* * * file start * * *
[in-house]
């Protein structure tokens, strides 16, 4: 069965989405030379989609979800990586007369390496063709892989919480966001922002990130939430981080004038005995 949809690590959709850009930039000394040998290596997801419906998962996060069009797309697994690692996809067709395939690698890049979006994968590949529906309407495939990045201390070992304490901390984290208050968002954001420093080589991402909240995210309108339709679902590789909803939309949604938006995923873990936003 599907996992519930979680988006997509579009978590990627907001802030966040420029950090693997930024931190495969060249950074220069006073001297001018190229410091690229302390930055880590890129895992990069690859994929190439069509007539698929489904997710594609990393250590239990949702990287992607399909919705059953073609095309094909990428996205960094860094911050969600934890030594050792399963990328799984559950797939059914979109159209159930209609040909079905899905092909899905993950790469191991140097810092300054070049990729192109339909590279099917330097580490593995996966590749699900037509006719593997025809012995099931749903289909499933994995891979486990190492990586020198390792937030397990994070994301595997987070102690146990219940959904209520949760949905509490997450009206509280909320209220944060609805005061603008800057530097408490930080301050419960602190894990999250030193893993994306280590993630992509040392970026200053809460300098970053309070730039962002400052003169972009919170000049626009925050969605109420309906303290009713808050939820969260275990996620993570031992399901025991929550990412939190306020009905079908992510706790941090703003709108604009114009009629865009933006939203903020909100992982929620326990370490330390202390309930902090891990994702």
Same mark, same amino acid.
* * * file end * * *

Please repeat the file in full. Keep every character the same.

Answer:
[in-house]
């Protein structure tokens, strides 16, 4: 069965989405030379989609979800990586007369390496063709892989919480966001922002990130939430981080004038005995 949809690590959709850009930039000394040998290596997801419906998962996060069009797309697994690692996809067709395939690698890049979006994968590949529906309407495939990045201390070992304490901390984290208050968002954001420093080589991402909240995210309108339709679902590789909803939309949604938006995923873990936003 599907996992519930979680988006997509579009978590990627907001802030966040420029950090693997930024931190495969060249950074220069006073001297001018190229410091690229302390930055880590890129895992990069690859994929190439069509007539698929489904997710594609990393250590239990949702990287992607399909919705059953073609095309094909990428996205960094860094911050969600934890030594050792399963990328799984559950797939059914979109159209159930209609040909079905899905092909899905993950790469191991140097810092300054070049990729192109339909590279099917330097580490593995996966590749699900037509006719593997025809012995099931749903289909499933994995891979486990190492990586020198390792937030397990994070994301595997987070102690146990219940959904209520949760949905509490997450009206509280909320209220944060609805005061603008800057530097408490930080301050419960602190894990999250030193893993994306280590993630992509040392970026200053809460300098970053309070730039962002400052003169972009919170000049626009925050969605109420309906303290009713808050939820969260275990996620993570031992399901025991929550990412939190306020009905079908992510706790941090703003709108604009114009009629865009933006939203903020909100992982929620326990370490330390202390309930902090891990994702």
Same mark, same amino acid.